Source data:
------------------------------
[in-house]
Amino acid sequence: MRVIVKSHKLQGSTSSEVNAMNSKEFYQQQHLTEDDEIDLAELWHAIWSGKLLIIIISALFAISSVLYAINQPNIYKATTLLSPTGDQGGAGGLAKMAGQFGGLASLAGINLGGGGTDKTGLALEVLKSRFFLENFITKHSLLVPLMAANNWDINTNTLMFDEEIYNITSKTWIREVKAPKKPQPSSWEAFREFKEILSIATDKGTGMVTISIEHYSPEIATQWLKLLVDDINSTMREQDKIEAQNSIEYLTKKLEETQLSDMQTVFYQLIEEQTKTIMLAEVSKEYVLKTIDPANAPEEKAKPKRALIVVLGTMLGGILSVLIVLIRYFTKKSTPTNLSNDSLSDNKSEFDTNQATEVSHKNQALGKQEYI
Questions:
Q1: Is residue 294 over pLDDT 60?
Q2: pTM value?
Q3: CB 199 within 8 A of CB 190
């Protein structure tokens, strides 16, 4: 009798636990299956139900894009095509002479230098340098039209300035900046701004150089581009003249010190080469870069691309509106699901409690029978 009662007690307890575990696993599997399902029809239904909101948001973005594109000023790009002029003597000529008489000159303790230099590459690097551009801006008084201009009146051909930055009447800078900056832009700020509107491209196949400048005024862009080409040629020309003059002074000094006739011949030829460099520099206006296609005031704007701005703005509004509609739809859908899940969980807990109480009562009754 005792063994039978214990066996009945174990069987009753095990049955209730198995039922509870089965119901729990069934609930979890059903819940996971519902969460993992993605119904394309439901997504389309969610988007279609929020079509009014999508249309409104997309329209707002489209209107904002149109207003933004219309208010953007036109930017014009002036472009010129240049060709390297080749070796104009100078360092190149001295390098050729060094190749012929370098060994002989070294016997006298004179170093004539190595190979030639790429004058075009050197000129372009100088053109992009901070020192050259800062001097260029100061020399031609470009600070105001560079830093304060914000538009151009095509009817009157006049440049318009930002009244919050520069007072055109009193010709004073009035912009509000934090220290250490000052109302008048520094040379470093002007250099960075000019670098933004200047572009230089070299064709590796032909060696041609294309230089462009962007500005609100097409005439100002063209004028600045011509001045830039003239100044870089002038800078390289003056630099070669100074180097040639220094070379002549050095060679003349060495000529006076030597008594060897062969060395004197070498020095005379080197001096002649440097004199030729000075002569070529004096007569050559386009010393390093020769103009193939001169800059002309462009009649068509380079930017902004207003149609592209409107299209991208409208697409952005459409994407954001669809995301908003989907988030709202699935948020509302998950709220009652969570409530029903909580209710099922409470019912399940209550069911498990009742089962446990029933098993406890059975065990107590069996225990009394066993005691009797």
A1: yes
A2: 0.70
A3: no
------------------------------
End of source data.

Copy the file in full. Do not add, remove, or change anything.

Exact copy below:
[in-house]
Amino acid sequence: MRVIVKSHKLQGSTSSEVNAMNSKEFYQQQHLTEDDEIDLAELWHAIWSGKLLIIIISALFAISSVLYAINQPNIYKATTLLSPTGDQGGAGGLAKMAGQFGGLASLAGINLGGGGTDKTGLALEVLKSRFFLENFITKHSLLVPLMAANNWDINTNTLMFDEEIYNITSKTWIREVKAPKKPQPSSWEAFREFKEILSIATDKGTGMVTISIEHYSPEIATQWLKLLVDDINSTMREQDKIEAQNSIEYLTKKLEETQLSDMQTVFYQLIEEQTKTIMLAEVSKEYVLKTIDPANAPEEKAKPKRALIVVLGTMLGGILSVLIVLIRYFTKKSTPTNLSNDSLSDNKSEFDTNQATEVSHKNQALGKQEYI
Questions:
Q1: Is residue 294 over pLDDT 60?
Q2: pTM value?
Q3: CB 199 within 8 A of CB 190
């Protein structure tokens, strides 16, 4: 009798636990299956139900894009095509002479230098340098039209300035900046701004150089581009003249010190080469870069691309509106699901409690029978 009662007690307890575990696993599997399902029809239904909101948001973005594109000023790009002029003597000529008489000159303790230099590459690097551009801006008084201009009146051909930055009447800078900056832009700020509107491209196949400048005024862009080409040629020309003059002074000094006739011949030829460099520099206006296609005031704007701005703005509004509609739809859908899940969980807990109480009562009754 005792063994039978214990066996009945174990069987009753095990049955209730198995039922509870089965119901729990069934609930979890059903819940996971519902969460993992993605119904394309439901997504389309969610988007279609929020079509009014999508249309409104997309329209707002489209209107904002149109207003933004219309208010953007036109930017014009002036472009010129240049060709390297080749070796104009100078360092190149001295390098050729060094190749012929370098060994002989070294016997006298004179170093004539190595190979030639790429004058075009050197000129372009100088053109992009901070020192050259800062001097260029100061020399031609470009600070105001560079830093304060914000538009151009095509009817009157006049440049318009930002009244919050520069007072055109009193010709004073009035912009509000934090220290250490000052109302008048520094040379470093002007250099960075000019670098933004200047572009230089070299064709590796032909060696041609294309230089462009962007500005609100097409005439100002063209004028600045011509001045830039003239100044870089002038800078390289003056630099070669100074180097040639220094070379002549050095060679003349060495000529006076030597008594060897062969060395004197070498020095005379080197001096002649440097004199030729000075002569070529004096007569050559386009010393390093020769103009193939001169800059002309462009009649068509380079930017902004207003149609592209409107299209991208409208697409952005459409994407954001669809995301908003989907988030709202699935948020509302998950709220009652969570409530029903909580209710099922409470019912399940209550069911498990009742089962446990029933098993406890059975065990107590069996225990009394066993005691009797």
A1: yes
A2: 0.70
A3: no